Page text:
Exact match in a not_analyzed field

(Imran Azad) #1

How would I do an exact match on a not_analyzed field that contains a large amount of text? For example take the following paragraph:

Kefir grains are a combination of lactic acid bacteria and yeasts in a matrix of proteins, lipids, and sugars, and this symbiotic matrix, (or SCOBY) forms "grains" that resemble cauliflower. For this reason, a complex and highly variable community of lactic acid bacteria and yeasts can be found in these grains although some predominate; Lactobacillus species are always present.[3] Even successive batches of kefir may differ due to factors such as the kefir grains rising out of the milk while fermenting, or curds forming around the grains, as well as room temperature.[8]

How can I get a match on a exact phrase search for "lactic acid bacteria and yeasts can be found in these grains" using the query_string only?

(Zachary Tong) #2

So, it is technically possible...but I want to discourage you from doing this. It will lead to poor performance in the long run. It's better to restructure your data now and leverage properly tokenized fields.

To make your query work, you need to query for the exact phrase (wrapped in quotes) with wildcards on either side:

GET /test/_search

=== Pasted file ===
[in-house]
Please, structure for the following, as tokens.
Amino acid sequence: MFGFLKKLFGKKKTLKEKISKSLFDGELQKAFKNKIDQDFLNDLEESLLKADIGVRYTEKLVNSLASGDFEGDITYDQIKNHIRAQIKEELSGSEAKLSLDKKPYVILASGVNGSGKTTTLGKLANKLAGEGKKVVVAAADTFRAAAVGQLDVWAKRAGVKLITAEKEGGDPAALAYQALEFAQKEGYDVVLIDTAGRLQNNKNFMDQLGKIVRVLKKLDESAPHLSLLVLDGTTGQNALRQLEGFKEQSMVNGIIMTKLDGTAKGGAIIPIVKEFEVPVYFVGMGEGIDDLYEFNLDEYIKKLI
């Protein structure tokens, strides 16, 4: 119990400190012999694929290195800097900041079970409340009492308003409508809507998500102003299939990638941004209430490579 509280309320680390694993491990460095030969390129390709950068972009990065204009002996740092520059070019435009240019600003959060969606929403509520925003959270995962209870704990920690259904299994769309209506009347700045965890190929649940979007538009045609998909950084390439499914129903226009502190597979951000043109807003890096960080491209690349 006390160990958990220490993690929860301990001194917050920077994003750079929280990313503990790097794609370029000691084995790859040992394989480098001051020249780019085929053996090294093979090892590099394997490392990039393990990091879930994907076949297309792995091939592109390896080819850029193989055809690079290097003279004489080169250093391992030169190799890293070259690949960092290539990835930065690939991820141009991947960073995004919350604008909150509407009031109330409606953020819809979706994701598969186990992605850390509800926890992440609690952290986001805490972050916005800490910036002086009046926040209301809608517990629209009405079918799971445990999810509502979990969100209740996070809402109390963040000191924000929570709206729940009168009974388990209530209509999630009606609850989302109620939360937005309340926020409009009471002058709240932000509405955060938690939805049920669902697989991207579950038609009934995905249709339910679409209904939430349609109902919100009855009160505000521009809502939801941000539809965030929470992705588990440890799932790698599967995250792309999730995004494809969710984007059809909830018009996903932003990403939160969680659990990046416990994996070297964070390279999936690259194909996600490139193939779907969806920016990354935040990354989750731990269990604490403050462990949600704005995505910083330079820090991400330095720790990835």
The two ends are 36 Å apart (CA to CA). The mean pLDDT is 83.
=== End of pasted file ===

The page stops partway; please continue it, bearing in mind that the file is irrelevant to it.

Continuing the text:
"query": {
        "query_string": {
           "default_field": "foo",
           "query": "*\"lactic acid bacteria and yeasts can be found in these grains\"*"

The reason this is terrible for performance is because a not_analyzed string is stored as a single token inside the index. To find the phrase, Lucene needs to look through every field then do a linear scan across the characters in that field to see if there is a match. This is very slow because it does not leverage the index at all.

In contrast, if this field was an analyzed field, it would be tokenized, and the individual tokens would be stored in the index. A phrase search can then find all documents with the required tokens via the index, then execute a second phase to see if those documents have the terms in the correct ordering. This is much faster.

Sooo...I'd ask why this field is a not_analyzed field, and if you have the ability to analyze it instead? It would be much better to do this operation with a match_phrase for example.

(system) #3